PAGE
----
Museum Security Network

Karachi, Pakistan: ‘Archiving art helps verify legitimacy’

‘Archiving art helps verify legitimacy’
http://www.dailytimes.com.pk/default.asp?page=2010818story_18-8-2010_pg12_6

By Sohail Raza Khattak

KARACHI: In Pakistan verifying the authenticity of the art work is a big problem due to the absence of a tracking and archiving system in the art galleries, museums and any other places where paintings, miniatures and sculptures are sold.

University of Sindh Institute of Art and Design Lecturer Waheeda Baloch said this during her speech on ‘Curating Art with Law and Management Issues’ at the VM Art Gallery.

Baloch said in Pakistan most of the artists do not have any idea where their paintings are being sold and how many. Neither the artist nor the art galleries keep track of whom the paintings were sold to and where the work is being kept. “They just put the money in their pockets and forget about the rest,” she said.

If the art galleries keep a record of the paintings, miniatures and sculptures that they sell, it will be possible to find a particular piece of art if needed, even after 20 years, she said, adding, “It will also help us in knowing the legitimacy of the art work. We don’t have any equipment to verify the authenticity of paintings, for example we cannot find whether a particular painting is the real art piece by Sadeqauin or just a copy of it.”

Talking about the concept of copyright in the field of art, she profoundly elaborated the various types of copyrights and status in different countries, and compared it with Pakistan. “Here most of the artists are ignorant of their rights and the publishers exploit them. When a painting is sold to somebody they consider that the artist has sold them the economic rights of the painting, so they start reproducing thousands of copies to make money.”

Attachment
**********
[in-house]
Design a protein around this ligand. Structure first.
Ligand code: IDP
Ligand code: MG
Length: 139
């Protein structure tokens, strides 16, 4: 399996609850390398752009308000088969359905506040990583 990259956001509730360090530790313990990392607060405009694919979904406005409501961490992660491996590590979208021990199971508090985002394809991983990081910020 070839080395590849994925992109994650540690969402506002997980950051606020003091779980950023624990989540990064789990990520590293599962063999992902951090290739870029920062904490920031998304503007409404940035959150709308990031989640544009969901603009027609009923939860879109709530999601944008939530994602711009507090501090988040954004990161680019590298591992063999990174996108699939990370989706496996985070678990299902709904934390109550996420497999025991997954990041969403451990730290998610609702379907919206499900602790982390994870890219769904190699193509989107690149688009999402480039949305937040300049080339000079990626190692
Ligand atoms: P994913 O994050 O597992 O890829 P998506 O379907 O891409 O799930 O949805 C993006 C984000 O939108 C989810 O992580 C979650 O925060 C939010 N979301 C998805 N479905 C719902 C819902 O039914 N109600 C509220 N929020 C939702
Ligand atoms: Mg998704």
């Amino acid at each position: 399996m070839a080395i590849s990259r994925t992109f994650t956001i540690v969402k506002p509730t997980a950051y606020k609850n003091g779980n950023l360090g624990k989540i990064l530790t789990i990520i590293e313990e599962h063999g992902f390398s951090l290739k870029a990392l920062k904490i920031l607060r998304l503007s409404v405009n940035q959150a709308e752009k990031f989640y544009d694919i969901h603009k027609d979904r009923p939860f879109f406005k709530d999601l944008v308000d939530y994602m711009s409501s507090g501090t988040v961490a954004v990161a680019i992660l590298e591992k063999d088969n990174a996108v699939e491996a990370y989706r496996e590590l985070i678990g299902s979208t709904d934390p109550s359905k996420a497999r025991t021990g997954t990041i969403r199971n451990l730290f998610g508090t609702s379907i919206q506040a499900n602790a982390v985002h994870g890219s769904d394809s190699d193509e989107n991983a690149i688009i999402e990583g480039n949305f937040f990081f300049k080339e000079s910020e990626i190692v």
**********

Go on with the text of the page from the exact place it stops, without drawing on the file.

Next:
She said there are moral rights that an artist can exercise to forbid his paintings from being exhibited in such a place where he considers his work may be used to defame him.

Baloch said that ideas, methods and even styles do not fall within the jurisdiction of copyright laws. One can follow anyone’s style and work on the methods of someone else, but ideas and concepts are unique and also can only be recorded verbally, therefore, to avoid theft artists must keep the ideas to them.

Shedding light on the contract signed between the artist and the curator, she focused on the establishment of an artists’ organisation, the role of which would be to protect rights, give suggestions to the artist regarding contracts, monitor infringements and settle cases between two parties.

While criticising the role of artists in the country, she said, “Most of the artists in our country make copies of their own paintings or sculptures on requests made by people, which I think is not a good practice.”

She condemned those artists who write their names on the paintings made by their students or other junior artists, and said, “Ethically it is wrong not to give credit to the true owner of the work.”

Talking about framers, she disclosed that many of them make their workers prepare exact replicas of works by renowned artists and sell the items for up to Rs 50,000, while they only pay the workers Rs 10,000. “Despite all these there is a big difference between skills and creativity. These workers, although not trained at any institute, copy things perfectly but they can’t create new things,” she concluded.

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